That and the long history of the Republican Party supporting the health insurance industry makes this newest turn of events interesting. While the Republican Party was the go-to Party for getting what health insurers wanted and efforts by Democrats over decades presented legislation that neither the Republicans or health insurers wanted (See Senate history, this page) this new symbiotic relationship between insurers and the White House and the Party that finally accomplished what insurers and their supporters didn’t want has proven to be far less apocalyptic than skeptics warned. In fact it has proven to be a boon for insurers, some seeing a significant percentage of their revenues from ACA participants for traditional coverage and the expansion of Medicaid.

What can Republicans still opposed to the ACA do if repealing or neutering the law is opposed by one of their strongest business allies? They could continue to try repealing the ACA and face resistance from insurers protecting their profits; they could amend the bill such that insurers would see even higher profits but that would not seem to be immediately necessary and would be a political tightrope considering that their political base opposes the law.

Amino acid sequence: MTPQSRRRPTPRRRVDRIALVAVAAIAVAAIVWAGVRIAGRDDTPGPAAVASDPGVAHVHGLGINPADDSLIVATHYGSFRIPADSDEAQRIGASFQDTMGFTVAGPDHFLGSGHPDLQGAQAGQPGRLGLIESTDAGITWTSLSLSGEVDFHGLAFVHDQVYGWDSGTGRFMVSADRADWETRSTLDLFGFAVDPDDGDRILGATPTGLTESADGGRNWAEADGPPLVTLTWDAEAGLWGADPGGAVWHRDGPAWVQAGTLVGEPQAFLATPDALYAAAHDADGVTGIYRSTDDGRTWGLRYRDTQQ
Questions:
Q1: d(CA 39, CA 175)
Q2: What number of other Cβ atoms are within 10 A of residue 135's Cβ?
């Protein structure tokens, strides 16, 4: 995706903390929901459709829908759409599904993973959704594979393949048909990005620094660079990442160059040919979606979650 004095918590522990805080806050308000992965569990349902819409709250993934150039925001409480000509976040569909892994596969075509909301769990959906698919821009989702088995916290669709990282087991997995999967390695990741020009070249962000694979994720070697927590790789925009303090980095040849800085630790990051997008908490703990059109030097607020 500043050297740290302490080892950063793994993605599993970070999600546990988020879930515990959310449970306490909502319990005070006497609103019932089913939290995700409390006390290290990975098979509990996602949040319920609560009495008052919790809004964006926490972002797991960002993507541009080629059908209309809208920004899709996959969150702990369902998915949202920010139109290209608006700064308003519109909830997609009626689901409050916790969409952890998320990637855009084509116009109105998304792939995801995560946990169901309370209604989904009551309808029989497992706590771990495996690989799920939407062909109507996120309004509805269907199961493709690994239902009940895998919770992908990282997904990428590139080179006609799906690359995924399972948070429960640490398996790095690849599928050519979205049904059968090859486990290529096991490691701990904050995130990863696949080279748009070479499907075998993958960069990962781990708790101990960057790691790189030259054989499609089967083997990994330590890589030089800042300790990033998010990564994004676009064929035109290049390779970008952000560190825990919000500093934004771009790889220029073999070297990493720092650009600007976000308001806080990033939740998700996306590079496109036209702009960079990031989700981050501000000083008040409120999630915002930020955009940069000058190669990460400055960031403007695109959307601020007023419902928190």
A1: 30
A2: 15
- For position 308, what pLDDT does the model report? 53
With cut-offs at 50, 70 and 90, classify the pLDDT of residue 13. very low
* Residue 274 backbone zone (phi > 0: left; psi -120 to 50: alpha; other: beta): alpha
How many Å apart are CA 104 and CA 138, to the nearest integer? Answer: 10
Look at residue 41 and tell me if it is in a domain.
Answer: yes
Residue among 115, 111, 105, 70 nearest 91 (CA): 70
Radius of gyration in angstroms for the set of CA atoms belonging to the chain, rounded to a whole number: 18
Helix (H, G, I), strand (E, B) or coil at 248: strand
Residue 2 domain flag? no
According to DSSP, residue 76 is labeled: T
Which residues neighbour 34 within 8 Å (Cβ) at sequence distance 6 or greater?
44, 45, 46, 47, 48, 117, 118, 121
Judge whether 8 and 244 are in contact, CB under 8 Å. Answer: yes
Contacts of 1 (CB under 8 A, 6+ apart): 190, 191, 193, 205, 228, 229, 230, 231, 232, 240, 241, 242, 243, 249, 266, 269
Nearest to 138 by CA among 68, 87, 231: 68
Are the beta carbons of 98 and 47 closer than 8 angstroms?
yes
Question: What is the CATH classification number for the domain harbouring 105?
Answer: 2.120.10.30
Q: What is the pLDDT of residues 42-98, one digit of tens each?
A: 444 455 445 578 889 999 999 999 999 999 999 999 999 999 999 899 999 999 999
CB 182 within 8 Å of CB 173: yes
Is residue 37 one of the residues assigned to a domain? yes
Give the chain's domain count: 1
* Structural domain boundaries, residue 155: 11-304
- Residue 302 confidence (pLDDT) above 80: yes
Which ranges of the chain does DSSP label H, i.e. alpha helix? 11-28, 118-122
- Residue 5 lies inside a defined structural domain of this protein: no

One possibility not likely to happen considering House Republican intense and consistent opposition to the law since its enactment would be to improve the law for the benefit of the consumers. Perhaps it would be best if Republicans let go of this dog-chasing-its-tail issue when there are so many other important issues to address. But letting go of the unsuccessful effort to repeal since 2010 may not be in their DNA. The Serenity Prayer comes to mind; Republicans on this issue should change the things they can,  accept the things they cannot change and, hopefully, gain the wisdom to know the difference. ##

 

Publisher’s Letter

FISA Reform a Small Step to Ease Post-Snowden Suspicions but Real Concerns Go Unaddressed

“It’s the aftermarket for this data that should concern everyone who is not a terrorist.”

McElroy

McElroy

The Senate this week did not pass S 2685, a bill to reform the authorities of the Federal Government’s surveillance programs that were expanded and further defined under the PATRIOT Act passed into law in 2005.